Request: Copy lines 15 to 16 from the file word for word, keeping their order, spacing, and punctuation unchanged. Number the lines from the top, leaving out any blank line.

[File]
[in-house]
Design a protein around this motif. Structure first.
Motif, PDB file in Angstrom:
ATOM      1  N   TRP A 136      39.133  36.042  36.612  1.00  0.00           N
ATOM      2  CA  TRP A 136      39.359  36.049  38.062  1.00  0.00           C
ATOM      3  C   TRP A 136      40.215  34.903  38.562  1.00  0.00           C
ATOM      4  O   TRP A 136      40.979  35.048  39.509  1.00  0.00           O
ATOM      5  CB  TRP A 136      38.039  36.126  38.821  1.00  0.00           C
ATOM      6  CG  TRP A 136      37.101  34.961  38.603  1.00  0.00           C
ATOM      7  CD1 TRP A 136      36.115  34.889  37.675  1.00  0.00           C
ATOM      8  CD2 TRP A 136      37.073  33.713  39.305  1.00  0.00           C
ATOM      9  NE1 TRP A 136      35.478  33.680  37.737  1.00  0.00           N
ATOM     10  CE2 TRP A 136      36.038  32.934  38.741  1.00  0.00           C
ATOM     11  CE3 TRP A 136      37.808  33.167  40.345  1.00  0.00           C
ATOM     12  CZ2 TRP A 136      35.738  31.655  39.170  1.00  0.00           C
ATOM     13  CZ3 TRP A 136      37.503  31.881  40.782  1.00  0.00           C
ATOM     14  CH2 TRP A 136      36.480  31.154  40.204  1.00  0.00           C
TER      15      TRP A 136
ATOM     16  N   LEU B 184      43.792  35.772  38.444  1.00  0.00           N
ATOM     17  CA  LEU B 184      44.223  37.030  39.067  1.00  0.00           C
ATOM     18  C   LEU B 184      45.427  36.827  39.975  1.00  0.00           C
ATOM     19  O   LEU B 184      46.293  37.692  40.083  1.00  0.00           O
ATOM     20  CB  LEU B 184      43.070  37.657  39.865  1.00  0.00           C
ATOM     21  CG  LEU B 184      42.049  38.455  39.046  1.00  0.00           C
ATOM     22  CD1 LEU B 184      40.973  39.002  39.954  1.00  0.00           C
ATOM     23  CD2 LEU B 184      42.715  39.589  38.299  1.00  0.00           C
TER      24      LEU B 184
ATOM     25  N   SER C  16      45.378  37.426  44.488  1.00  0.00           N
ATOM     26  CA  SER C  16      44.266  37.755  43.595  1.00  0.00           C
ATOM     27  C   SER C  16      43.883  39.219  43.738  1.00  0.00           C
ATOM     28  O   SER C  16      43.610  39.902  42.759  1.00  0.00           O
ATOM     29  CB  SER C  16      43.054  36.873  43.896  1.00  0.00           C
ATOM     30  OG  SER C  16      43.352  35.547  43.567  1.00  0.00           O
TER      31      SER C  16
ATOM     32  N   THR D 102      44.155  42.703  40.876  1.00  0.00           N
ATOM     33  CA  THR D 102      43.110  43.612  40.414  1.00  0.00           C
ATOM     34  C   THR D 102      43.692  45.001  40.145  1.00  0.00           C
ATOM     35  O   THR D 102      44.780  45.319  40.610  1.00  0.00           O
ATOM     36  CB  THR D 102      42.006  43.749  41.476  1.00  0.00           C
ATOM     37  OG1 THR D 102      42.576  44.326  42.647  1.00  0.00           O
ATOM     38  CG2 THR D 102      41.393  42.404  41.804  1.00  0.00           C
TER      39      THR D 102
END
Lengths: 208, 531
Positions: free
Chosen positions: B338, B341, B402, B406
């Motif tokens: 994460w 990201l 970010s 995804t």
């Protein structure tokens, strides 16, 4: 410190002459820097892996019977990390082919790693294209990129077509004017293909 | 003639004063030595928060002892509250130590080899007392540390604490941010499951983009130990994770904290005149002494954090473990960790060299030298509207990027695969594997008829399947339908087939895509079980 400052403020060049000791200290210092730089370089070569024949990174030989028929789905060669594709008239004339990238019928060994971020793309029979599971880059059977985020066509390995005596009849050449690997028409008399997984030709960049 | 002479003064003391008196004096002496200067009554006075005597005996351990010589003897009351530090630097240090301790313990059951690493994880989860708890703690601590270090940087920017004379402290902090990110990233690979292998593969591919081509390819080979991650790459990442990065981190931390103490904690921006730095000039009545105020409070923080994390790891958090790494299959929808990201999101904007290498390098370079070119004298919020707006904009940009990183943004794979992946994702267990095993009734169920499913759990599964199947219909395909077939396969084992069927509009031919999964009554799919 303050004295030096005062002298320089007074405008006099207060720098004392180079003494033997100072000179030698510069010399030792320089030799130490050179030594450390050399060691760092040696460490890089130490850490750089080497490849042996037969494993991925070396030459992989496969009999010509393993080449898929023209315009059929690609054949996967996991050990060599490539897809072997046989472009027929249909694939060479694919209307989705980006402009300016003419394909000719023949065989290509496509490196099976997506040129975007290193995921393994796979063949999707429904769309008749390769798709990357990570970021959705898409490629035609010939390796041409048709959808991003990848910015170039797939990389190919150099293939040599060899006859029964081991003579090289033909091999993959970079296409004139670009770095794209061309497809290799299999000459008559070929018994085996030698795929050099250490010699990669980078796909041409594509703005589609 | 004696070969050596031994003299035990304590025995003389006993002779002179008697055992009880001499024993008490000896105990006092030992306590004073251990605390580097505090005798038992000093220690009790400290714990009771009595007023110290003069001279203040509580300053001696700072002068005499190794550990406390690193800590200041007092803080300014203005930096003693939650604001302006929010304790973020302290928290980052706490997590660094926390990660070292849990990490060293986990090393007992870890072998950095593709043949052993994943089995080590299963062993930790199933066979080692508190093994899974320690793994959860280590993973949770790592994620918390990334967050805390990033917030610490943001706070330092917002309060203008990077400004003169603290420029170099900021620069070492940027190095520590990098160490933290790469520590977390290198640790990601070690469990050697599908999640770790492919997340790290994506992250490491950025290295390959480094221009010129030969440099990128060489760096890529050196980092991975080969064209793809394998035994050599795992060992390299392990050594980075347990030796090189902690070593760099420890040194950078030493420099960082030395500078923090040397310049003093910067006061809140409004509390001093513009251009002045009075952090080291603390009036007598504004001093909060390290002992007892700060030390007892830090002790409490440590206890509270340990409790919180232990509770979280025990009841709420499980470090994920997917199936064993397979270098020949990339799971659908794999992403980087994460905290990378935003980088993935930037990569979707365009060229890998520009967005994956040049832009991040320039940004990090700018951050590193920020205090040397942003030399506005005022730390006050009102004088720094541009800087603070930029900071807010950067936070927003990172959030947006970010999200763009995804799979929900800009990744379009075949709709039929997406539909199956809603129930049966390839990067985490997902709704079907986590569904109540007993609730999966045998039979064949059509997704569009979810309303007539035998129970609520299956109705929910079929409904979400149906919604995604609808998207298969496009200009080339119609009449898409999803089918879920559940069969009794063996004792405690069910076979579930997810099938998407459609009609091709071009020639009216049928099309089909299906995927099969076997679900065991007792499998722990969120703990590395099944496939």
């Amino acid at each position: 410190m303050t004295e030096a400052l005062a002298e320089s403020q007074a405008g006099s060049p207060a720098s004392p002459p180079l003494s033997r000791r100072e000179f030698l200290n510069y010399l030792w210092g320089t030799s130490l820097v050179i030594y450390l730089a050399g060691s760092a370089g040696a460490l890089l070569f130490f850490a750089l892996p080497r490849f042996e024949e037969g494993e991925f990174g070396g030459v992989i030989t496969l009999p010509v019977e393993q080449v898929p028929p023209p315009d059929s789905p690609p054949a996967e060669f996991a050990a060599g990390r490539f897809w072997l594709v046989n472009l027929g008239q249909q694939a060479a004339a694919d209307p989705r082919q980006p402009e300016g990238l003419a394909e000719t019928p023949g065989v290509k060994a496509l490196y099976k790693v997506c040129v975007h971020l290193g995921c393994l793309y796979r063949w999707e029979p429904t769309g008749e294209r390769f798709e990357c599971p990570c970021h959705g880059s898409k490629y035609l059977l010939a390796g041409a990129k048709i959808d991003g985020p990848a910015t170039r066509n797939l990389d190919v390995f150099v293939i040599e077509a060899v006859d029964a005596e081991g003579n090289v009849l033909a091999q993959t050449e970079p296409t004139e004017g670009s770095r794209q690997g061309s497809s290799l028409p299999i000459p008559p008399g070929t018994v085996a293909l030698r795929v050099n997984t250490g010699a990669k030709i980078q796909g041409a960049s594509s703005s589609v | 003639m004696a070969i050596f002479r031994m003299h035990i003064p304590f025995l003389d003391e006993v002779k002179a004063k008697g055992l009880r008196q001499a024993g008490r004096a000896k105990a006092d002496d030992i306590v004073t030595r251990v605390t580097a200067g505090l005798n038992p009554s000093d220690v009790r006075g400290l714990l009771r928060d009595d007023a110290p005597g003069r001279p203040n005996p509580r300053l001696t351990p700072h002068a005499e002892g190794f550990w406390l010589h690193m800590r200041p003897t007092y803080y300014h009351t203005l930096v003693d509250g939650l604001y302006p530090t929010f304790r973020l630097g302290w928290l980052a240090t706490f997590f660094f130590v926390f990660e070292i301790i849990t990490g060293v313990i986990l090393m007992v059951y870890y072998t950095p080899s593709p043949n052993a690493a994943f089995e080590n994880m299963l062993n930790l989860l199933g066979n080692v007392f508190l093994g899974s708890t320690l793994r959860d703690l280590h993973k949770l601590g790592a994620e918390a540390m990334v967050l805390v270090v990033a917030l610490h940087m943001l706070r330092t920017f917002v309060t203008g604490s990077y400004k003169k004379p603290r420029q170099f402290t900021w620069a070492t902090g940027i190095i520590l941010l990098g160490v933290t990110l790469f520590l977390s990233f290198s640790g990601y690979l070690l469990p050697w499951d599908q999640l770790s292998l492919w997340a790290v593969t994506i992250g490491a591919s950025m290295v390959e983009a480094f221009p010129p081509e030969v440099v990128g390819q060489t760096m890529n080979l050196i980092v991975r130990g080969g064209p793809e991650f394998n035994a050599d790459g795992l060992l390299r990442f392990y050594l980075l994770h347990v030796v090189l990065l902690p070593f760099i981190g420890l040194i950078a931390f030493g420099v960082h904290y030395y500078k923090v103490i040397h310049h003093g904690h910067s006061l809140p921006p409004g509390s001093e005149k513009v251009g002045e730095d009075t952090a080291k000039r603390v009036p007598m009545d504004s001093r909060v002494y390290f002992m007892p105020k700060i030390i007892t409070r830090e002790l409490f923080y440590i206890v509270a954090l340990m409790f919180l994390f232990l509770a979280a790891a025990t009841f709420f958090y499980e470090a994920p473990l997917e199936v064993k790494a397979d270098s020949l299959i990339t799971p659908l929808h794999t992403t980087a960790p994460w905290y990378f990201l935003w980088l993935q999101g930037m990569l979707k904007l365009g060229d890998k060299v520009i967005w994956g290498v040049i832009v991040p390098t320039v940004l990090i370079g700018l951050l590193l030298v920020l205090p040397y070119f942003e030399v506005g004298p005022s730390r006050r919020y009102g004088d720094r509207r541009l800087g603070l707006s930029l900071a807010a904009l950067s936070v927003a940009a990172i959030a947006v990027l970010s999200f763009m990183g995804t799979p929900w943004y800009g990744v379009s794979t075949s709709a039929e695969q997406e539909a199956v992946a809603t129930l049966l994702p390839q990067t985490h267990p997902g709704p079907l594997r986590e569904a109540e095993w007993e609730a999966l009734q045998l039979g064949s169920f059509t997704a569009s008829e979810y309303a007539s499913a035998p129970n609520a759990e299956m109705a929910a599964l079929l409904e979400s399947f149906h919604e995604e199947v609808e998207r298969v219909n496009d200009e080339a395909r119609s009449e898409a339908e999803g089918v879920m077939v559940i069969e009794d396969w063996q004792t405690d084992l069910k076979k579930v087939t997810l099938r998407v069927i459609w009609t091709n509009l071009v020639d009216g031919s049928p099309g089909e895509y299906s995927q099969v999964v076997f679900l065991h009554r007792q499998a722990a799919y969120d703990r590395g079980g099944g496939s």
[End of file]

ATOM     12  CZ2 TRP A 136      35.738  31.655  39.170  1.00  0.00           C
ATOM     13  CZ3 TRP A 136      37.503  31.881  40.782  1.00  0.00           C